Given the good deal that Pay It Forward offers students, it’s no surprise that the program emerged from a classroom—one belonging to Portland State University professor Barbara Dudley. A cofounder of Oregon’s left-wing Working Families Party, Dudley wanted to offer a senior capstone class on a subject that was, in her words, “relevant to the community.” So she chose the economics and politics of student debt, asking her students to propose a solution to the growing tuition burden. After reviewing research from Seattle’s Economic Opportunity Institute, the students came up with Pay It Forward. Kevin Rackham, one of Dudley’s former students, tells me that he lobbied for the idea “because of my experience with debt, because I know how much this debt is going to impede my ability to do things like buy a car and house and start a family.” After developing Pay It Forward further with the Oregon Students Association and the Working Families Party, Dudley’s students approached a group of state legislators, who introduced a bill based on their suggestions.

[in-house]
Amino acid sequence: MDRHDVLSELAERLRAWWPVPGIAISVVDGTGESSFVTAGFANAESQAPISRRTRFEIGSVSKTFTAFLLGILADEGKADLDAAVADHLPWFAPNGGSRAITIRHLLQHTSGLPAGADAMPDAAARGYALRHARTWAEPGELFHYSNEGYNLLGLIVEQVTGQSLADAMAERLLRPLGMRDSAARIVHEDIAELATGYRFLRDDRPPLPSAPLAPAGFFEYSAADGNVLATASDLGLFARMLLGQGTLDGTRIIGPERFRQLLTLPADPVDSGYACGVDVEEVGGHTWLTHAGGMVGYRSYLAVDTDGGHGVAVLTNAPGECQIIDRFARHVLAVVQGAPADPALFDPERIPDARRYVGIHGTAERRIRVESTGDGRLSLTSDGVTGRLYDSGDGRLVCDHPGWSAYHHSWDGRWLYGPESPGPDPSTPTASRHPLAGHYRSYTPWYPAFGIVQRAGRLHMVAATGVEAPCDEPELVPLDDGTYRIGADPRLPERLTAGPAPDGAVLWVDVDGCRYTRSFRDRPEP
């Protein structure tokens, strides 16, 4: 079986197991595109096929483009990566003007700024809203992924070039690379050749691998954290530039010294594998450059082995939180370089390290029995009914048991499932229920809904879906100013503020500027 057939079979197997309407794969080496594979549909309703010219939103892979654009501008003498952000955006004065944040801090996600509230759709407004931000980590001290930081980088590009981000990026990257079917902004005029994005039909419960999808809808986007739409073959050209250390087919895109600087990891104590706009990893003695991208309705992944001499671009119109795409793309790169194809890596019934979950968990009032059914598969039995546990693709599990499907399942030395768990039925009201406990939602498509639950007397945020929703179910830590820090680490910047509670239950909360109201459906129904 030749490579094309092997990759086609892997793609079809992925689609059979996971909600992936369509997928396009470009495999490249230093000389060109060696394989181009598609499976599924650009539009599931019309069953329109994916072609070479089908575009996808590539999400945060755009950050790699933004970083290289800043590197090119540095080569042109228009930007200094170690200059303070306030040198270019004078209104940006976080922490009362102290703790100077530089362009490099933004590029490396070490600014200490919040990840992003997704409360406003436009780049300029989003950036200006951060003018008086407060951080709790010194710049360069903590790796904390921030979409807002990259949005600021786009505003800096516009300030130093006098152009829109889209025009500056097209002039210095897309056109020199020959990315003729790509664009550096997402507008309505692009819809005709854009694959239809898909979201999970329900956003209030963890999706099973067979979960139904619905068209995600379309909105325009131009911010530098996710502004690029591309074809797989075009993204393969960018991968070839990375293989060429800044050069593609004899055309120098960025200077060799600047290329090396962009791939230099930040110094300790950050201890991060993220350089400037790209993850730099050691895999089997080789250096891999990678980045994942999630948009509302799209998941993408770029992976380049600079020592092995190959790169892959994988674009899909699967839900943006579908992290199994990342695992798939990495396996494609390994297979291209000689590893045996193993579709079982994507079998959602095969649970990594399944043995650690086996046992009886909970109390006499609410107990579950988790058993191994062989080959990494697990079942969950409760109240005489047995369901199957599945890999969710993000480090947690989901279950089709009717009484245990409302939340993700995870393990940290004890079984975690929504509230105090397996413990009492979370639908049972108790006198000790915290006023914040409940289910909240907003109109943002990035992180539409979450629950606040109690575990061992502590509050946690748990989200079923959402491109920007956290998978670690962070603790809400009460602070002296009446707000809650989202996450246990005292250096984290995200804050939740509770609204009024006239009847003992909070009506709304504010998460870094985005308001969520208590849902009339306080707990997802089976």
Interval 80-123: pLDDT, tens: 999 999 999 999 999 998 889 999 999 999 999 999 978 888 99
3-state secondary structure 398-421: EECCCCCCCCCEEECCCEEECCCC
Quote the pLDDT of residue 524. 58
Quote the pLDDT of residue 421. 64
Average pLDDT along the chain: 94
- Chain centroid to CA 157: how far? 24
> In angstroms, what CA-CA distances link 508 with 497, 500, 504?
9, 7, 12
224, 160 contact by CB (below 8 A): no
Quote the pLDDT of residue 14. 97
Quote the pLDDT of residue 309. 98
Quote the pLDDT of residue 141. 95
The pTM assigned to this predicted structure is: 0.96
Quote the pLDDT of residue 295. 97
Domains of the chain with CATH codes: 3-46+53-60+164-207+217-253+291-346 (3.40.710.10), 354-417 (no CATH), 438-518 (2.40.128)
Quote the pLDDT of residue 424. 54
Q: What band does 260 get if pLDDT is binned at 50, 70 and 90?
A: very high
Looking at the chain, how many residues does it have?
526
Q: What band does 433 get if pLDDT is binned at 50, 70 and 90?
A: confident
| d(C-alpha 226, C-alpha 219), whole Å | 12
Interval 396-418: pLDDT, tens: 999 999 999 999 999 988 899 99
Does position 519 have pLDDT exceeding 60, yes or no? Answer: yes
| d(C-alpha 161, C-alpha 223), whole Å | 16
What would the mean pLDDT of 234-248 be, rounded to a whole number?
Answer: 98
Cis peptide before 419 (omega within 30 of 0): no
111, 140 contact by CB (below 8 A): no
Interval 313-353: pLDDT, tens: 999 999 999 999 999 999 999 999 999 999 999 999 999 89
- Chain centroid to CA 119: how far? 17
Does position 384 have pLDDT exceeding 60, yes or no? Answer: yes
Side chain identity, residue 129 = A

Tuesday, July 22nd, 2014
[ Kokomo, Indiana is a small industrial city about an hour north of Indianapolis. It is one of the rare ones whose industry remains largely intact, with two large auto-related plants. This makes them different from the type of community that really has deindustrialized. Yet they fret that those who earn decent incomes in their town too often decide to live in the Indianapolis suburbs. Hence a program to upgrade quality of life in the city. It should be noted that while they’ve managed to do this without incurring debt, Kokomo arguably benefited more than any city in America outside Detroit from the massive federal auto bailout. Their civic improvements have in a sense been financed by a unique external windfall unavailable to others. Nevertheless, lots of places have received windfalls and spent them poorly. Cities may not be able to control our circumstances, good and bad, but they at least have some control over how they respond to them. This piece from American Dirt takes a look at Kokomo’s response. Keep in mind it ran in 2012 and there are likely some anachronisms by now – Aaron. ]